Baker & Taylor
Alphabetically arranged entries provide coverage of the diplomatic, economic, political, and cultural events in the United States from the outbreak of the Cold War to the rise of the United States as the last remaining superpower.
& Francis Publishing
From the outbreak of the Cold War to the rise of the United States as the last remaining superpower, the years following World War II were filled with momentous events and rapid change. Diplomatically, economically, politically, and culturally, the United States became a major influence around the globe. On the domestic front, this period witnessed some of the most turbulent and prosperous years in American history. "Postwar America: An Encyclopedia of Social, Political, Cultural, and Economic History" provides detailed coverage of all the remarkable developments within the United States during this period, as well as their dramatic impact on the rest of the world. A-Z entries address specific persons, groups, concepts, events, geographical locations, organizations, and cultural and technological phenomena. Sidebars highlight primary source materials, items of special interest, statistical data, and other information; and Cultural Landmark entries chronologically detail the music, literature, arts, and cultural history of the era. Bibliographies covering literature from the postwar era and about the era are also included, as are illustrations and specialized indexes.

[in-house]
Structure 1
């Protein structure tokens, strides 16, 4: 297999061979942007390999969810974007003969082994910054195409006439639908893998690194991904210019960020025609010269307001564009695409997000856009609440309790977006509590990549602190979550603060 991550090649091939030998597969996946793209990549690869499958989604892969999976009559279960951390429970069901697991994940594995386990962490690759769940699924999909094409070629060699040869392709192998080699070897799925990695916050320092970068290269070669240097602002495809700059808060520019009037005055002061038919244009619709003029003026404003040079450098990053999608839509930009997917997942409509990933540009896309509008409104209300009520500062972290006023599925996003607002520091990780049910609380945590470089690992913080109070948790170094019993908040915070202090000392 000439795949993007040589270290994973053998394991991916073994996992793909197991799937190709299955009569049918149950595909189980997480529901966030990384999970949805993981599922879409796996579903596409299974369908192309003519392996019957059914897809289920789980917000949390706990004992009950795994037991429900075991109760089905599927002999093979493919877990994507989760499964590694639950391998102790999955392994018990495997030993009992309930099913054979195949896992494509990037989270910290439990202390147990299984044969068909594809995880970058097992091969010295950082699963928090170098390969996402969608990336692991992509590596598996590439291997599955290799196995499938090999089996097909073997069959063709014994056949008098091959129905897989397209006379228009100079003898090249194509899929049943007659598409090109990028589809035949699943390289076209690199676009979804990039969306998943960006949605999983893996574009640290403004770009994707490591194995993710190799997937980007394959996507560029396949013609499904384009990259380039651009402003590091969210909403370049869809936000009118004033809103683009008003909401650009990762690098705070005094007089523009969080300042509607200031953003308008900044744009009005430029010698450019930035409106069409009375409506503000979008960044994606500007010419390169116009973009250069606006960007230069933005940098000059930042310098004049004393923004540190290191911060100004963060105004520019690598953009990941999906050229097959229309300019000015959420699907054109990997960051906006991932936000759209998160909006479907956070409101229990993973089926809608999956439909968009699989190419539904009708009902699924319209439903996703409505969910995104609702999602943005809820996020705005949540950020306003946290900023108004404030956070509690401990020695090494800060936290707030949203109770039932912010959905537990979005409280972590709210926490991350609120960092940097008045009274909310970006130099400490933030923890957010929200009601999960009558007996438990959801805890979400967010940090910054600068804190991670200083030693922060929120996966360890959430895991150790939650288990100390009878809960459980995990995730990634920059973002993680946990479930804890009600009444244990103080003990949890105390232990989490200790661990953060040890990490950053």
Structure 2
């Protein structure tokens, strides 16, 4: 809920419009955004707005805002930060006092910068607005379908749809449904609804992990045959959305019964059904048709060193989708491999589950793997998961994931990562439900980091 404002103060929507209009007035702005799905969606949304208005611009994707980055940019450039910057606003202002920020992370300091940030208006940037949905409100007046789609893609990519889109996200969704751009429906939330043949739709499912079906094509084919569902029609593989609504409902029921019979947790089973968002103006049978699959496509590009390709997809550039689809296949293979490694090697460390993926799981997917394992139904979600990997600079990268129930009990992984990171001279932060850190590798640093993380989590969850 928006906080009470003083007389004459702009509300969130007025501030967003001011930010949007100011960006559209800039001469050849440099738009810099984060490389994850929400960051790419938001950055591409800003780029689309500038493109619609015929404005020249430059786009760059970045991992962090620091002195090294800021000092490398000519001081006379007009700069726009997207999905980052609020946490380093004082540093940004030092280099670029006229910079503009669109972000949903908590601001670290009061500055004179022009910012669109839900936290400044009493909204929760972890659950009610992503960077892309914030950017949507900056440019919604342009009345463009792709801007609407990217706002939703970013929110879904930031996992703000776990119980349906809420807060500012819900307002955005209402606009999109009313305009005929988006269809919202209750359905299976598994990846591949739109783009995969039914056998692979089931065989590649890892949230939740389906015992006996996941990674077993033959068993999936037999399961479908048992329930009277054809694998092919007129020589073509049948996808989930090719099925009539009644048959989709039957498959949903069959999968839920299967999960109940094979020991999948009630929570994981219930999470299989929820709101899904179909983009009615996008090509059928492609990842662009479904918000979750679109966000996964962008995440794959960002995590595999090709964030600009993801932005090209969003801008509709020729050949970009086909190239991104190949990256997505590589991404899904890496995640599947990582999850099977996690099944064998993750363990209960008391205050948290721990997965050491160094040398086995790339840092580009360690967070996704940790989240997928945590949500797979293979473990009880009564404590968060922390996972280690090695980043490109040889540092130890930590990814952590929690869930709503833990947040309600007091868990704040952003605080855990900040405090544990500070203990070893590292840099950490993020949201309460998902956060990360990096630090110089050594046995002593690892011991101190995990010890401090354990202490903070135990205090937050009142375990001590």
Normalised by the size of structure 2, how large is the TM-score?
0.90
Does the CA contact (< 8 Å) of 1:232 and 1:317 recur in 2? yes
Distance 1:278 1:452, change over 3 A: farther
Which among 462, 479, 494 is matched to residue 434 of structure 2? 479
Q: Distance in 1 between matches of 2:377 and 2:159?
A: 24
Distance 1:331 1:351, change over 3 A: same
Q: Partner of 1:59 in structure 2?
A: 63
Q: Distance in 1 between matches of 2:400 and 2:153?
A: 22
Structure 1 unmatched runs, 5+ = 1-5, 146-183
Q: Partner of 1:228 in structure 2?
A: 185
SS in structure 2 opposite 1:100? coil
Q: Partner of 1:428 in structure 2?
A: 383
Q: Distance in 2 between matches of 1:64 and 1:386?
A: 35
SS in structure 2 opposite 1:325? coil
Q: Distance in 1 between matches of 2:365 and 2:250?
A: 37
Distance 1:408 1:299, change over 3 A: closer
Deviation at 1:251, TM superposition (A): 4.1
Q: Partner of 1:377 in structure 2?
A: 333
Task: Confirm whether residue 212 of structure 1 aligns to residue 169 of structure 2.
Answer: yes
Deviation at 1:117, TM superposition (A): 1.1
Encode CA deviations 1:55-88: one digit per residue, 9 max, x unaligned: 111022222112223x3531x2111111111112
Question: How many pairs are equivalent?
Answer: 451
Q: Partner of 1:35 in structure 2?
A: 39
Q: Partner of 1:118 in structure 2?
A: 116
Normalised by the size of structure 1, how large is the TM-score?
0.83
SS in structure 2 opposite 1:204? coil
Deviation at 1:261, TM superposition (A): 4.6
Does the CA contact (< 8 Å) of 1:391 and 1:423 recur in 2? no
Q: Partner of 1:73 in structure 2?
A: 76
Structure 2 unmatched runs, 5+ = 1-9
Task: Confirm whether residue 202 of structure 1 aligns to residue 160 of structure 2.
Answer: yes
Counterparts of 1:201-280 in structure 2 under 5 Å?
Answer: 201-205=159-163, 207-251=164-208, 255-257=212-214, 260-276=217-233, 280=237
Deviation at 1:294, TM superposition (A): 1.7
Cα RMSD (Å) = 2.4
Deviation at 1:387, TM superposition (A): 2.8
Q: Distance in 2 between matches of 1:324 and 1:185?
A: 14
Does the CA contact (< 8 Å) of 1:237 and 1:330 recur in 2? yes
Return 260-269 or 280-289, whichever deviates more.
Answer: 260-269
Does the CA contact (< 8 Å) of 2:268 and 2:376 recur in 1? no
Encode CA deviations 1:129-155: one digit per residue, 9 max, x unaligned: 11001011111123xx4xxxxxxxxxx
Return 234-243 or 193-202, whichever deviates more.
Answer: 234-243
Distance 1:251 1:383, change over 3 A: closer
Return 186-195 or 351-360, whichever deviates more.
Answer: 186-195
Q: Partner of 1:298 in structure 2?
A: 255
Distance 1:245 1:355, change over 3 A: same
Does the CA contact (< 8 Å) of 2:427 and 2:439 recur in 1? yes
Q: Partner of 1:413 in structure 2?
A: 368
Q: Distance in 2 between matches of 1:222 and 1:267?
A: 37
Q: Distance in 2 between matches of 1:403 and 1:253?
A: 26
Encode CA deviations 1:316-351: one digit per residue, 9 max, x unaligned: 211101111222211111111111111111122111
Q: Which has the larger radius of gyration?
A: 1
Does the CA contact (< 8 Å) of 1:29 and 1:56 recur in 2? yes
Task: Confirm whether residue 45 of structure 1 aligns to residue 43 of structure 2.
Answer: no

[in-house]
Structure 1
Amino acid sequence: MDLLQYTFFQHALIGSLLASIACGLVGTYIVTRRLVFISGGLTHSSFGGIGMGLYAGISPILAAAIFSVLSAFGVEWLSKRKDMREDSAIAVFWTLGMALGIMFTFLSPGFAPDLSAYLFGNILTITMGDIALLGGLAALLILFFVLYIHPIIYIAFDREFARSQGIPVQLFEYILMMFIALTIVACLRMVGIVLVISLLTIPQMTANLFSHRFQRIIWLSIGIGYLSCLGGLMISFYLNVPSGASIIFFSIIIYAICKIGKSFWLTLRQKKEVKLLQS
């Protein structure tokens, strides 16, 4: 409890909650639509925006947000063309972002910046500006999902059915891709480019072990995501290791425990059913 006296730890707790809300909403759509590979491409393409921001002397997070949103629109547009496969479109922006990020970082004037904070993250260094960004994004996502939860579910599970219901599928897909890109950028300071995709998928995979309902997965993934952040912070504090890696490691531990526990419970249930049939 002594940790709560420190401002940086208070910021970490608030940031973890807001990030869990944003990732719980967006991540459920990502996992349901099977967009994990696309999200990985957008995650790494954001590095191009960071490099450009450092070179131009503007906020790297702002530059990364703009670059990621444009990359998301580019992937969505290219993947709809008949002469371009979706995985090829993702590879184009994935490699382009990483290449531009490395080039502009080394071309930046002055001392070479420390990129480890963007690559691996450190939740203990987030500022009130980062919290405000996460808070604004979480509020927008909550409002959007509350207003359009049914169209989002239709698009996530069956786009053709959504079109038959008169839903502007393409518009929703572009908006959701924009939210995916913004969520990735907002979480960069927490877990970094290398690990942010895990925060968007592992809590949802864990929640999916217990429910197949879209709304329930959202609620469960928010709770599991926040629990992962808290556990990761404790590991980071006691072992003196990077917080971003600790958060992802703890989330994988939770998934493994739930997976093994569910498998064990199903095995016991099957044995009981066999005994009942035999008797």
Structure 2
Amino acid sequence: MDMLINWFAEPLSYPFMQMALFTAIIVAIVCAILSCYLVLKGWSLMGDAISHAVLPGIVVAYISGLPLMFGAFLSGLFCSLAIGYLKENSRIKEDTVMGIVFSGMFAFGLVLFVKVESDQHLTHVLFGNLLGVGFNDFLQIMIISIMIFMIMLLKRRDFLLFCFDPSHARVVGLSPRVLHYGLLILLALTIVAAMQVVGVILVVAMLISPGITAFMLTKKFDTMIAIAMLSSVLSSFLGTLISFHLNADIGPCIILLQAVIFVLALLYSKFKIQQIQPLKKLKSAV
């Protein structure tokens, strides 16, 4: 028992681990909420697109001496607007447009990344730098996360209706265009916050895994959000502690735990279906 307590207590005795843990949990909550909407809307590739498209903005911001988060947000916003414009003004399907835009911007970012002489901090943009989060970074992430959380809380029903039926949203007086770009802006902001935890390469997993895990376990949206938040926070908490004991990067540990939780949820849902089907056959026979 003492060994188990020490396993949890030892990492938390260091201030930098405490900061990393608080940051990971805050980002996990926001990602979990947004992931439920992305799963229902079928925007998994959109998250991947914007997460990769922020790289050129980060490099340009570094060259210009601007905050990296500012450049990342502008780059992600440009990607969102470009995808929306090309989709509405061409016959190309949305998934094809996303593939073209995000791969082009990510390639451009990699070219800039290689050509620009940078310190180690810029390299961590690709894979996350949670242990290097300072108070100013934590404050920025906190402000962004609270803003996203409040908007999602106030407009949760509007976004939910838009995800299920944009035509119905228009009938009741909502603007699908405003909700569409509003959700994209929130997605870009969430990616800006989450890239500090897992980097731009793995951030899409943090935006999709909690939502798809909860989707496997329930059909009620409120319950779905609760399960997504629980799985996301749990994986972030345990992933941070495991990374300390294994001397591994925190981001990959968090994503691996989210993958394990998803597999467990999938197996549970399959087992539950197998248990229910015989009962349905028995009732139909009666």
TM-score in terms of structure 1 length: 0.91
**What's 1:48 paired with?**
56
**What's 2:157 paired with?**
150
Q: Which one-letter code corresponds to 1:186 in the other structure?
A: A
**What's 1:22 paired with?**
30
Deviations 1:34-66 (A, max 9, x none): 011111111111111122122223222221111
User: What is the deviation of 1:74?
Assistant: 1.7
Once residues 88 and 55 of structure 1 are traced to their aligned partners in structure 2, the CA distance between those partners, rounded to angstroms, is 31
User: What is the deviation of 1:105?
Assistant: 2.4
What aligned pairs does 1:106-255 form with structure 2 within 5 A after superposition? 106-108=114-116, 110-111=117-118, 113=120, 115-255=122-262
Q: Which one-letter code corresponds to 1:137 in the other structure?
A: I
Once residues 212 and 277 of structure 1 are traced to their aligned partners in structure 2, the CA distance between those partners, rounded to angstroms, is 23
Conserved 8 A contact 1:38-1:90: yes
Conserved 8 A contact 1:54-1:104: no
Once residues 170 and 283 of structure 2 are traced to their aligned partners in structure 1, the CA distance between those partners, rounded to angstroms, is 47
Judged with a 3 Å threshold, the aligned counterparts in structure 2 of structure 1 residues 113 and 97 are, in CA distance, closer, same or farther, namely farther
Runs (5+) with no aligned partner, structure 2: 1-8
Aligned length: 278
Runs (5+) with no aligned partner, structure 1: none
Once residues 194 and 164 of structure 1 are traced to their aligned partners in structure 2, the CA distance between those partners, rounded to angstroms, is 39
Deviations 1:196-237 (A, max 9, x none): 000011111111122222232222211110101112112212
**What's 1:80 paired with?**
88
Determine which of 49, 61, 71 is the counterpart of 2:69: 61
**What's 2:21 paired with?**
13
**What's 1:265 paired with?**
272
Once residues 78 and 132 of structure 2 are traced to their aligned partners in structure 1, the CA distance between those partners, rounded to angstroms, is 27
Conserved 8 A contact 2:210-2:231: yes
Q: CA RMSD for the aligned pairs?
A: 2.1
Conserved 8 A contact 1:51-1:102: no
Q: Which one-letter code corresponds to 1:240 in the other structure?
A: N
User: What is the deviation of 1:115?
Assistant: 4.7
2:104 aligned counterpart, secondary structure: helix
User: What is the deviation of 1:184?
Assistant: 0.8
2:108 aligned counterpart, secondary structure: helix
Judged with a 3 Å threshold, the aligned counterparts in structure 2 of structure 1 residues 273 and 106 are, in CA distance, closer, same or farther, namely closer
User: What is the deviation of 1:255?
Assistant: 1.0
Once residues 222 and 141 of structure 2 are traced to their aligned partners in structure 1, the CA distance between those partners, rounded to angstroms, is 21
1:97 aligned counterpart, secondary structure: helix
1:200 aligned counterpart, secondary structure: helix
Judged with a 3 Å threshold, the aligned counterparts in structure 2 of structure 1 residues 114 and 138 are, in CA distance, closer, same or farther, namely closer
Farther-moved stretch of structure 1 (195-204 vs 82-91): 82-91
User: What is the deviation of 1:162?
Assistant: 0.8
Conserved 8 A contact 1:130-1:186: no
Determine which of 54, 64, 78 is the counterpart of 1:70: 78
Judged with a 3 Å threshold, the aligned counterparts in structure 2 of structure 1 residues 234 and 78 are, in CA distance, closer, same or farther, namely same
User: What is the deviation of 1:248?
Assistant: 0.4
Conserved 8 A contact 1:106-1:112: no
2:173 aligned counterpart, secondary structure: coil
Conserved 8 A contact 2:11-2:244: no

This four-volume encyclopedia offers some 550 alphabetical entries detailing historical developments in the United States following World War II. Broadly speaking, the topics covered include arts and popular culture; civil liberties and civil rights; defense and foreign affairs; economy and labor; education; family, community, society; government and politics; health and medicine; legal issues, courts, and crime; race and ethnicity; religion and spiritual issues; science, technology, and the environment. The entries range from broad topics such as the automobile industry, day care, banking and credit, tort law, organized crime, death and dying, and anticommunism to the extremely specific, including the Kent State shootings, the My Lai Massacre, the Head Start program, Richard Nixon's "Checkers speech," Abscam, the Freedom of Information Act, and the Attica prison riot. Included in the fourth volume is a guide to print and broadcast cultural landmarks of the era, containing brief descriptions of works ranging from Allen Ginsberg's Howl to The X-Files. This is followed by a glossary, a topical bibliography, and a general index. Annotation ©2007 Book News, Inc., Portland, OR (booknews.com)